Seal. The measurements of fireclay and porcelain farmhouse sinks can vary slightly, and the surfaces can be a bit uneven. These are natural characteristics of these materials and shouldn’t be considered flaws. This means, however, that when the sink is fitted under a perfectly even countertop, there can be slight gaps where water can escape. 

After it is installed, ensure that your farmhouse sink is correctly sealed around the edges. Designing the countertop so it overhangs the edges of the sink sufficiently will help water flow straight into the sink bowl and keep it away from the edges.

Design. Though designing a farmhouse sink into a new kitchen layout is easy, it can prove more difficult to incorporate one into your existing kitchen layout. The size and nature of farmhouse sinks mean they require custom cabinets to be designed to suit them, as well as a different countertop design. Ask your cabinetmaker if he or she can alter your existing cabinets and countertop to fit.

Surface. Pristine white porcelain sinks look stunning; however, they are a bit unforgiving in that they show every bit of dirt and grime. Having said that, they are easy to keep clean. 

And the hard surface of fireclay or porcelain farmhouse sinks can be noisy when you’re washing dishes in them and is far less forgiving than stainless steel when breakable items are dropped in them, so take extra care when washing your wineglasses. 

Size. If you are concerned about wasting water, look for a farmhouse sink that has a smaller capacity. The depth of the traditional farmhouse sink is great for washing big items, but it means to fill it you’ll need a lot more water than for a typical sink. 

12 Great Kitchen Styles – Which One’s for You?

Style is easier to recognize with your eyes than with words: You know it when you see it, and the photo that inspires you most can often surprise you. Think you know your kitchen style? Check out these guides to a dozen favorite kitchen design themes, then tell us which one takes the cake.

#1 – Farmhouse Kitchens

Warm and homey farmhouses anchored a life on the land, and they still offer great functionality and comfort. Their open shelving, wide sinks, classic flooring and big kitchen table make them easy to work in and easy to love. 

#2 – Rustic Kitchens

“Worn”, “distressed” and “rough hewn” may not be the first words that come to mind when we think of kitchens. But today rustic kitchens rival the classic white kitchen in popularity – thanks to their timber, stone, brick, vintage appliances and fireplaces.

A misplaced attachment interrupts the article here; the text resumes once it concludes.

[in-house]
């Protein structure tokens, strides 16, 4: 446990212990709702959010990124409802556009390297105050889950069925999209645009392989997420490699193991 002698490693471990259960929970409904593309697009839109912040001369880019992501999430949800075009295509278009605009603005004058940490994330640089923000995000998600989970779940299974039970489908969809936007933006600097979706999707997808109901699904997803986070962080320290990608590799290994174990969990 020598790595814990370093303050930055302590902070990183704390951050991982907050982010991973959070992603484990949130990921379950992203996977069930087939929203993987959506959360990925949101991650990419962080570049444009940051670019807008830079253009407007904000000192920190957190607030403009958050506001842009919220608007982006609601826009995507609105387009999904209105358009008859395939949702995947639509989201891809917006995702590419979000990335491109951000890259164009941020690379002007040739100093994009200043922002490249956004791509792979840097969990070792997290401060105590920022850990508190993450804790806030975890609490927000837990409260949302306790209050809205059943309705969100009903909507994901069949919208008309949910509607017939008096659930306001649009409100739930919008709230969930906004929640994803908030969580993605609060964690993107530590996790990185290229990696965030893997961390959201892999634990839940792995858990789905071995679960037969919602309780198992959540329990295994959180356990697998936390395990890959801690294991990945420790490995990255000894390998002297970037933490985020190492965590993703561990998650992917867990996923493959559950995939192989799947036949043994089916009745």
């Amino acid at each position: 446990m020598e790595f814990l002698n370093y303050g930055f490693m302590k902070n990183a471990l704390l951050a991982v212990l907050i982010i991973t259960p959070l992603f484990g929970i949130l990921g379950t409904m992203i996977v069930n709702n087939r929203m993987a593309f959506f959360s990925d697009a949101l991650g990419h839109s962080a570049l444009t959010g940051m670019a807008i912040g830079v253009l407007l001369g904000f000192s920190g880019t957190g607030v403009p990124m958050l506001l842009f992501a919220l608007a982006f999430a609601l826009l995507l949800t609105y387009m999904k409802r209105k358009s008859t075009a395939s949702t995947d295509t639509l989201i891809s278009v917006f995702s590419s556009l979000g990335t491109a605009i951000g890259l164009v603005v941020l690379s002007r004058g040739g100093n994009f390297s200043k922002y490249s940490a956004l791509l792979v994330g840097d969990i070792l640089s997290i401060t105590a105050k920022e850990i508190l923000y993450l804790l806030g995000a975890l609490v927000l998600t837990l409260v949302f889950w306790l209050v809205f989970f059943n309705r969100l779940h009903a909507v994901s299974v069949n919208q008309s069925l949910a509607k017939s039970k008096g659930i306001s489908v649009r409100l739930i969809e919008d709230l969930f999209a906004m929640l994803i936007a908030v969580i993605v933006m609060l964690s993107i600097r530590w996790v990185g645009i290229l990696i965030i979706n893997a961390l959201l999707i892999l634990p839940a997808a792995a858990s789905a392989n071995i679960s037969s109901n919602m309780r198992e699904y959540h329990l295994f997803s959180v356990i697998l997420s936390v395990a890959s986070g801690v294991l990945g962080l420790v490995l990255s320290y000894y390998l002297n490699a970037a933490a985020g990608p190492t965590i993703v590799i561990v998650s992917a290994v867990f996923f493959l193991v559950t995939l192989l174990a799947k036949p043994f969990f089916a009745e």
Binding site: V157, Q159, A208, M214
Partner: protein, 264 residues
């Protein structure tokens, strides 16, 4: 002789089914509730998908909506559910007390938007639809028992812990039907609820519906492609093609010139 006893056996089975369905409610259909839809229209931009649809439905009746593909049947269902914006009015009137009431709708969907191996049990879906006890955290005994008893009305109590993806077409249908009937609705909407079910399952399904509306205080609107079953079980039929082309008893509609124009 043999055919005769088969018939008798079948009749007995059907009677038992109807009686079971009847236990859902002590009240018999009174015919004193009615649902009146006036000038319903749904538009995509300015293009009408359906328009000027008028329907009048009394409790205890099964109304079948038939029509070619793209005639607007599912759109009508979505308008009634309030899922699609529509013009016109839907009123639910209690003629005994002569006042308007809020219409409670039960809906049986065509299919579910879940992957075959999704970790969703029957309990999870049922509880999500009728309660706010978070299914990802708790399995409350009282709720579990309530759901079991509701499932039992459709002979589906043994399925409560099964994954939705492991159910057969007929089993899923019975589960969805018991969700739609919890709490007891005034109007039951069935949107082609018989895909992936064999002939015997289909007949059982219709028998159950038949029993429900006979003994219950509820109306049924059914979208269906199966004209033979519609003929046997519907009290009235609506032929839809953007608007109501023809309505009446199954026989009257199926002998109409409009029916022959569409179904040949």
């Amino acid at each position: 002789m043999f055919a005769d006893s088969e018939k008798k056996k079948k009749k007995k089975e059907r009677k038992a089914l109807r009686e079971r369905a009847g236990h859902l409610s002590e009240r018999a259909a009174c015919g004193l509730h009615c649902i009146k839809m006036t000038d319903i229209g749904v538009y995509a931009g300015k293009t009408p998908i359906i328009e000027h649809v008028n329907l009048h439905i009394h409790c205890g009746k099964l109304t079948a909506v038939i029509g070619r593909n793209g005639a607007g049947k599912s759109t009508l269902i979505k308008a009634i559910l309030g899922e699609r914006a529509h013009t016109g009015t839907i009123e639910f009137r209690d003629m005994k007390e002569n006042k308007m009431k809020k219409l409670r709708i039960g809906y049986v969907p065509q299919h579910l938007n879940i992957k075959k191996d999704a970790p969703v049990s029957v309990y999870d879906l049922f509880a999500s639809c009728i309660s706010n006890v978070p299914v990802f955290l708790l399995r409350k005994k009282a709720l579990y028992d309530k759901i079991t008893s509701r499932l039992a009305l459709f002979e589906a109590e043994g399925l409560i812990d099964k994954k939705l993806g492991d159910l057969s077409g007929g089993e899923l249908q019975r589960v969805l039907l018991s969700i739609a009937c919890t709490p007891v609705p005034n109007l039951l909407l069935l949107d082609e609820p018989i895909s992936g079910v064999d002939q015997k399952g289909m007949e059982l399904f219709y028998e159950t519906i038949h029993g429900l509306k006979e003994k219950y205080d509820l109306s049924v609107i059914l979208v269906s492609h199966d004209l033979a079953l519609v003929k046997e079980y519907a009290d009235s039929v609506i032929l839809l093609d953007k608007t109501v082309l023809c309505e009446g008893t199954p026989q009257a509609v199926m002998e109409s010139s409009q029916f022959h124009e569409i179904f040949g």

#3 – Modern Kitchens

Definitions of “modern” vary widely, but when we think of modern kitchen designs, we often think of frameless cabinets, sleek and simple hardware, strong horizontal lines and a lack of ornamentation, with the natural beauty of the materials shining through. 

#4 Traditional Kitchens

Traditional kitchens are defined by their details, which can include arches, decorative moldings and corbels, raised-panel cabinets, a mix of antique finishes and furniture-like turned legs – even a chandelier. Whether they have a classic American or old-world flavor, they still carry the stamp of their owners’ personal style.

#5 Contemporary Kitchens

Contemporary kitchens can be very sleek, but while a purely modern kitchen often celebrates structure and grid, a contemporary kitchen is often more playful in form and finishes, including elements of other styles and creating its own reflection of the times.

#6 Transitional Kitchens

Think of a transitional kitchen as the great moderator. With the warmth and welcome of traditional design and the clean, simple lines of contemporary style, transitional spaces project balance and harmony. Because they offer a great deal of flexibility, they’re a great choices for homeowners whose taste spans the two.

#7 Craftsman Kitchens

Craftsman style arose in the early 20th century as a reaction to the mass-produced fussiness of the Victorian era. Its rich woods, built-ins, handcrafted tiles and well-made simplicity continue to charm us.

#8 Cottage Kitchens

Cozy, happy and unpretentious, a cottage kitchen harks back to simpler times and evokes a sense of easy, carefree living. Beadboard, soft colors, vintage hardware, wood floors and colorful accents and curtains will infuse your kitchen with cottage comfort. 

#9 Paris Bistro Kitchens

If you long for a sugar-laced café au lait on Rue Monmartre, why not bring a little Parisian style into your house? Intimate kitchen lighting, pretty cookware on display, tile floors and a striped awning ought to do it.

#10 Classic Kitchens

What is classic? The answer is as varied as cooks are. Still, white or cream kitchen cabinets, simple architectural details and black accents offer a blank slate that homeowners can personalize with contemporary, traditional and eclectic touches as they see fit.

#11 Mediterranean Style Kitchens

Flared hoods, hand-painted tile, warm wood cabinets, beamed ceilings and arched cooking alcoves are just some of the features that put Spanish revival kitchens on the most-wanted list.

#12 Eclectic Kitchens

Do you rebel against styles and refuse pigeonholes? It’s your housel you can mix and match for your own distinct kitchen style however you please. The trick: be a rebel with a cause. Get ideas for a very personal kitchen, with touches of modern and rustic styles, well-traveled flair, humor and irreverence.